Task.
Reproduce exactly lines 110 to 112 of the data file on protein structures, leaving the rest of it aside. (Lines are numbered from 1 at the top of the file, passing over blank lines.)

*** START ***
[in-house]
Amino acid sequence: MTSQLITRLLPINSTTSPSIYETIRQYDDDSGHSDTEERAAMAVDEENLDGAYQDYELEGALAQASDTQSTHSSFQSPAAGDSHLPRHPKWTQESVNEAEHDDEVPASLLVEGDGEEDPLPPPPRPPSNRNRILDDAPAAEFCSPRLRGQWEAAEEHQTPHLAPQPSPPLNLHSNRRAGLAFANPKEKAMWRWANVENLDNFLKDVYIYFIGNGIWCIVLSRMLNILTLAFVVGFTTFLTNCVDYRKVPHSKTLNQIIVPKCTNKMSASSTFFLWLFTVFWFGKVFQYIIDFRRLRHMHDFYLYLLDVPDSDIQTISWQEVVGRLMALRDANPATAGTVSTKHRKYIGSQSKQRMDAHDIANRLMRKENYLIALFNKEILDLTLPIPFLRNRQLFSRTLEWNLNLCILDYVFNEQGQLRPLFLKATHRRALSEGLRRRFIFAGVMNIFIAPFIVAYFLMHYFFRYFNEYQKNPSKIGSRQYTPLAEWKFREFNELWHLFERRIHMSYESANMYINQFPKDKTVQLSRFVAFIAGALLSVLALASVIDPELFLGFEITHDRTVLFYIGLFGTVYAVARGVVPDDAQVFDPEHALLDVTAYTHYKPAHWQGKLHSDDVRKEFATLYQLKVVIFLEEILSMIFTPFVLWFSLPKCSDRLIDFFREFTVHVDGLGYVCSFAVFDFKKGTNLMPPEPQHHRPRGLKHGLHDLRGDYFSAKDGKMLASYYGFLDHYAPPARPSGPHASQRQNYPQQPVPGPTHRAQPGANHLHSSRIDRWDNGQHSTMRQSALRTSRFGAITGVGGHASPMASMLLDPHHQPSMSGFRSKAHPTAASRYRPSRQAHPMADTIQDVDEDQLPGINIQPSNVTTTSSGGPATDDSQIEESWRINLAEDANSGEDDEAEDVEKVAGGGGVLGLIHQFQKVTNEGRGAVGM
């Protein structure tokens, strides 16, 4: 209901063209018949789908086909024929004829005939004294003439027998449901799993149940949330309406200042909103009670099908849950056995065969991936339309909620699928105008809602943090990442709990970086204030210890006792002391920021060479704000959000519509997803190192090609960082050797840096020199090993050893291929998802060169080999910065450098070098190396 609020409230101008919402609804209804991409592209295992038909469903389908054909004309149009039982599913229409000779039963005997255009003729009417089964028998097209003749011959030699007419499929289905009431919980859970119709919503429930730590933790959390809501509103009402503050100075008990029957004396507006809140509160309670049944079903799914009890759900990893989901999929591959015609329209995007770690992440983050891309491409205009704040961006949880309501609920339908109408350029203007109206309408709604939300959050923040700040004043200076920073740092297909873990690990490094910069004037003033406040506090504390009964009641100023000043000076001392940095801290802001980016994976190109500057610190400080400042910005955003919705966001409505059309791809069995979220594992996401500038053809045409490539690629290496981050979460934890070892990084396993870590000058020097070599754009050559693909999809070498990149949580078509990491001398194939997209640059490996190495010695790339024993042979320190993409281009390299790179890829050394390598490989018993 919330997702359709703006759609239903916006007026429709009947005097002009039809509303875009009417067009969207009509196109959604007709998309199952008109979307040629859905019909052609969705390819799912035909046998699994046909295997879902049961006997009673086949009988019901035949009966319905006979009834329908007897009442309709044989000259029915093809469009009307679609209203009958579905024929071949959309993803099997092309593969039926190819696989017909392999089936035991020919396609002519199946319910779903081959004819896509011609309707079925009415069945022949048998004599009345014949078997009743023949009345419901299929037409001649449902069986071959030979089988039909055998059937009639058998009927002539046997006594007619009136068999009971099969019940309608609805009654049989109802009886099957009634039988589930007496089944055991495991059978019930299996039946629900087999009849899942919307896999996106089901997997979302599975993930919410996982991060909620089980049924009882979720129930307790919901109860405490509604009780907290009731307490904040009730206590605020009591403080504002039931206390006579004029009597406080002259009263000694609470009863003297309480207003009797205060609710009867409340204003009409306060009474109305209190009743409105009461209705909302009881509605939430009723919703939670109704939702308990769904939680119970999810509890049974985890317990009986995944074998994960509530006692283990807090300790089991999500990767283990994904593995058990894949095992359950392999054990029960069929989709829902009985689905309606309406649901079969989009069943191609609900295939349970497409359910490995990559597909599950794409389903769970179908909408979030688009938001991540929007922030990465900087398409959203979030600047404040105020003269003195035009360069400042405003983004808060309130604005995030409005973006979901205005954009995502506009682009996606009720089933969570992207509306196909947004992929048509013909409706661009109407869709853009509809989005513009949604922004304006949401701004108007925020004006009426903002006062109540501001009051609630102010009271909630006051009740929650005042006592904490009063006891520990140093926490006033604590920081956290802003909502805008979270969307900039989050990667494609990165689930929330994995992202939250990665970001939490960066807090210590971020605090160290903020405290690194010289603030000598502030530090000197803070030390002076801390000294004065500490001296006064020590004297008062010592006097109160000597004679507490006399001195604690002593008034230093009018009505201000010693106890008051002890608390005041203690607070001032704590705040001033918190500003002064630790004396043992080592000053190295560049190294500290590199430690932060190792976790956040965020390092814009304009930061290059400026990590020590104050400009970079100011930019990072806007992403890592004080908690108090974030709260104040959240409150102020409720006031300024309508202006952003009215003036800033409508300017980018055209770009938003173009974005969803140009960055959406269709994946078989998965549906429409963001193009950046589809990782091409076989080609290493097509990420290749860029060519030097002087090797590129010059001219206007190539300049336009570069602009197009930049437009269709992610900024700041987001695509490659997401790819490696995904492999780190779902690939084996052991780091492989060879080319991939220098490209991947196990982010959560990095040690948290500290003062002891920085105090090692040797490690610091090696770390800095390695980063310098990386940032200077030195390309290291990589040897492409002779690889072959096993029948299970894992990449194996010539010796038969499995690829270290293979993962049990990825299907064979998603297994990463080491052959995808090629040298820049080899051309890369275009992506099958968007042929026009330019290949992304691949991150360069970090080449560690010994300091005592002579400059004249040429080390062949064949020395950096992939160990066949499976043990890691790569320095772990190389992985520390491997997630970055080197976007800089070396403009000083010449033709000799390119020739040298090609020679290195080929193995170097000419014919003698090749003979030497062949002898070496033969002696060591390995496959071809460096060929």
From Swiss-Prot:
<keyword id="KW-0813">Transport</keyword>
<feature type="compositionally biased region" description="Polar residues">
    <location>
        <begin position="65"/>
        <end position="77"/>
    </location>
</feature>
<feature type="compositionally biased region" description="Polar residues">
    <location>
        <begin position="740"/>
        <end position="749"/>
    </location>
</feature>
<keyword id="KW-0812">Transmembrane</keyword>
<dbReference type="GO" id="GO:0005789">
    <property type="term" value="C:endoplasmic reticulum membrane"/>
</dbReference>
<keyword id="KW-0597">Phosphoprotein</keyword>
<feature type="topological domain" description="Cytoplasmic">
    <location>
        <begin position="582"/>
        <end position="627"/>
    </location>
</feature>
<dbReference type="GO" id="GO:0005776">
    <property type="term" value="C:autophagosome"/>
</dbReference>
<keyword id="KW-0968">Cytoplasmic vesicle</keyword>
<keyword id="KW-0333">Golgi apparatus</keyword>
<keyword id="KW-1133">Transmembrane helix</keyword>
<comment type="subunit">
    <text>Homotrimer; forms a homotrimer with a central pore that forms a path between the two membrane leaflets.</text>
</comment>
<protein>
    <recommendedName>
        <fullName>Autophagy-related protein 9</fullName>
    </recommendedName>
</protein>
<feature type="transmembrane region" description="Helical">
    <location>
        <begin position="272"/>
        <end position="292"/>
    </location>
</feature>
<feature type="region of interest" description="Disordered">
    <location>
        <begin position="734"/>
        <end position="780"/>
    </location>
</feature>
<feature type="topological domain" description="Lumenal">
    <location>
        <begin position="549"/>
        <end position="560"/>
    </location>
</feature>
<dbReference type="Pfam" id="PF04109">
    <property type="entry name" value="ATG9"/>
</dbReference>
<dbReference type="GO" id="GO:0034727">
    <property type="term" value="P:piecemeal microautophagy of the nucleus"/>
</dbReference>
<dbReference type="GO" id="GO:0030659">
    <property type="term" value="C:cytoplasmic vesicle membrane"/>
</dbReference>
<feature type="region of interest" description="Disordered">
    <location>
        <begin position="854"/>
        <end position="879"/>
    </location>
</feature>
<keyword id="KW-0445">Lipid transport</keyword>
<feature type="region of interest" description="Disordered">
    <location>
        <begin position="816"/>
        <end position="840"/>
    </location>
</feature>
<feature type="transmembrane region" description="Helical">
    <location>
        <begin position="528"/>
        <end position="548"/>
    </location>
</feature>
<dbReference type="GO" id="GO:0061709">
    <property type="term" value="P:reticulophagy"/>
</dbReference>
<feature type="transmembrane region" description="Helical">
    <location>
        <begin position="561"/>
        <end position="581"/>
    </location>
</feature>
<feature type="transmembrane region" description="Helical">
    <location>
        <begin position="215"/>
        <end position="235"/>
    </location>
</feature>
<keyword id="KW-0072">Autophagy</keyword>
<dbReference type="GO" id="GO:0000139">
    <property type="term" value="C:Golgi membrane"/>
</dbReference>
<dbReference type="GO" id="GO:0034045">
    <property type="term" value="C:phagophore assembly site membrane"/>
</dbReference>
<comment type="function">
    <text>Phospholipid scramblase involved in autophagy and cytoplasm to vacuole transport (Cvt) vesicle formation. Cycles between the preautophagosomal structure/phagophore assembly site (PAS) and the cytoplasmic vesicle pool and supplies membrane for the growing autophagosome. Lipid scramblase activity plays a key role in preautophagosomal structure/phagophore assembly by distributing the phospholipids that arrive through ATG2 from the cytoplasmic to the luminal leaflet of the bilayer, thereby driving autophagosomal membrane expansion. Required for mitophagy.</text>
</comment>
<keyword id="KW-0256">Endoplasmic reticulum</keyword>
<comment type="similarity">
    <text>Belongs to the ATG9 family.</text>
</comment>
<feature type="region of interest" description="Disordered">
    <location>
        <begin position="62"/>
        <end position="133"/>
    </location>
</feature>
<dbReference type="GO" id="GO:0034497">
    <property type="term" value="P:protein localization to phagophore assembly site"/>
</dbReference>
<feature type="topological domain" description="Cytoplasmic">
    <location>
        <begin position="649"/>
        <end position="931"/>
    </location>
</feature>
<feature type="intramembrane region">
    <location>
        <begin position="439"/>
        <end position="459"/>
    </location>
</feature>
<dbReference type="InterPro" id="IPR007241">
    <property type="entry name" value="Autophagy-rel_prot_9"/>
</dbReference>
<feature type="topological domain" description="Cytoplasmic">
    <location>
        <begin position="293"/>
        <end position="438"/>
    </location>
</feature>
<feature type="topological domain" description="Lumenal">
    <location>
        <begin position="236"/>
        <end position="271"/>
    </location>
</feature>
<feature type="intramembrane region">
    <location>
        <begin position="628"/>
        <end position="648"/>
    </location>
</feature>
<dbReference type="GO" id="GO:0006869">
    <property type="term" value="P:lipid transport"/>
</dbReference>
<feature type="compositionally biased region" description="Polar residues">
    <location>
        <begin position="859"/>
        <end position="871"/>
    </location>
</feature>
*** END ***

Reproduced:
</dbReference>
<comment type="function">
    <text>Phospholipid scramblase involved in autophagy and cytoplasm to vacuole transport (Cvt) vesicle formation. Cycles between the preautophagosomal structure/phagophore assembly site (PAS) and the cytoplasmic vesicle pool and supplies membrane for the growing autophagosome. Lipid scramblase activity plays a key role in preautophagosomal structure/phagophore assembly by distributing the phospholipids that arrive through ATG2 from the cytoplasmic to the luminal leaflet of the bilayer, thereby driving autophagosomal membrane expansion. Required for mitophagy.</text>